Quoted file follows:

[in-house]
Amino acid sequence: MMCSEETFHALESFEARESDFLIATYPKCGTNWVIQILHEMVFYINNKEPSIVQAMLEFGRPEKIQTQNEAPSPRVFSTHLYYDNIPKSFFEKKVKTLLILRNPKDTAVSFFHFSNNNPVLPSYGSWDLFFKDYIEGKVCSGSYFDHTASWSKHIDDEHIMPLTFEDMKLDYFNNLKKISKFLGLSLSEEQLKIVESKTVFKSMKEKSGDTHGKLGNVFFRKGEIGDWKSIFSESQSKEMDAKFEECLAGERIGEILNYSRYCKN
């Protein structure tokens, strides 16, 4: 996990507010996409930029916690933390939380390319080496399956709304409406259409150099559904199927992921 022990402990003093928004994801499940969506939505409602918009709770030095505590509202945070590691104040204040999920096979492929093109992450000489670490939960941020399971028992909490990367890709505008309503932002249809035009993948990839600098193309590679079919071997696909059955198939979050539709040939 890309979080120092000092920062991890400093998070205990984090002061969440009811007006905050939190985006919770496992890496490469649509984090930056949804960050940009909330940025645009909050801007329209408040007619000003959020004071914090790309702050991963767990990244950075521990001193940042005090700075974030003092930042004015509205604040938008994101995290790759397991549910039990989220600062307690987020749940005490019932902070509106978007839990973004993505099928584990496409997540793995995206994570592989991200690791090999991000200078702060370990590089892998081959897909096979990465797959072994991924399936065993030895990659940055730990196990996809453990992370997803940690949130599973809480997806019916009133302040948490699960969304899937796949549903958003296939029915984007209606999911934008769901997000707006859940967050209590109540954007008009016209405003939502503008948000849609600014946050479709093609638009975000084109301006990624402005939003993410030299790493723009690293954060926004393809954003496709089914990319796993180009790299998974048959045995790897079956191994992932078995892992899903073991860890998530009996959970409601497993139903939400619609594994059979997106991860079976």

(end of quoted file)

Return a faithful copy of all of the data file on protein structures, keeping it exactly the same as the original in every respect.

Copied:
[in-house]
Amino acid sequence: MMCSEETFHALESFEARESDFLIATYPKCGTNWVIQILHEMVFYINNKEPSIVQAMLEFGRPEKIQTQNEAPSPRVFSTHLYYDNIPKSFFEKKVKTLLILRNPKDTAVSFFHFSNNNPVLPSYGSWDLFFKDYIEGKVCSGSYFDHTASWSKHIDDEHIMPLTFEDMKLDYFNNLKKISKFLGLSLSEEQLKIVESKTVFKSMKEKSGDTHGKLGNVFFRKGEIGDWKSIFSESQSKEMDAKFEECLAGERIGEILNYSRYCKN
């Protein structure tokens, strides 16, 4: 996990507010996409930029916690933390939380390319080496399956709304409406259409150099559904199927992921 022990402990003093928004994801499940969506939505409602918009709770030095505590509202945070590691104040204040999920096979492929093109992450000489670490939960941020399971028992909490990367890709505008309503932002249809035009993948990839600098193309590679079919071997696909059955198939979050539709040939 890309979080120092000092920062991890400093998070205990984090002061969440009811007006905050939190985006919770496992890496490469649509984090930056949804960050940009909330940025645009909050801007329209408040007619000003959020004071914090790309702050991963767990990244950075521990001193940042005090700075974030003092930042004015509205604040938008994101995290790759397991549910039990989220600062307690987020749940005490019932902070509106978007839990973004993505099928584990496409997540793995995206994570592989991200690791090999991000200078702060370990590089892998081959897909096979990465797959072994991924399936065993030895990659940055730990196990996809453990992370997803940690949130599973809480997806019916009133302040948490699960969304899937796949549903958003296939029915984007209606999911934008769901997000707006859940967050209590109540954007008009016209405003939502503008948000849609600014946050479709093609638009975000084109301006990624402005939003993410030299790493723009690293954060926004393809954003496709089914990319796993180009790299998974048959045995790897079956191994992932078995892992899903073991860890998530009996959970409601497993139903939400619609594994059979997106991860079976």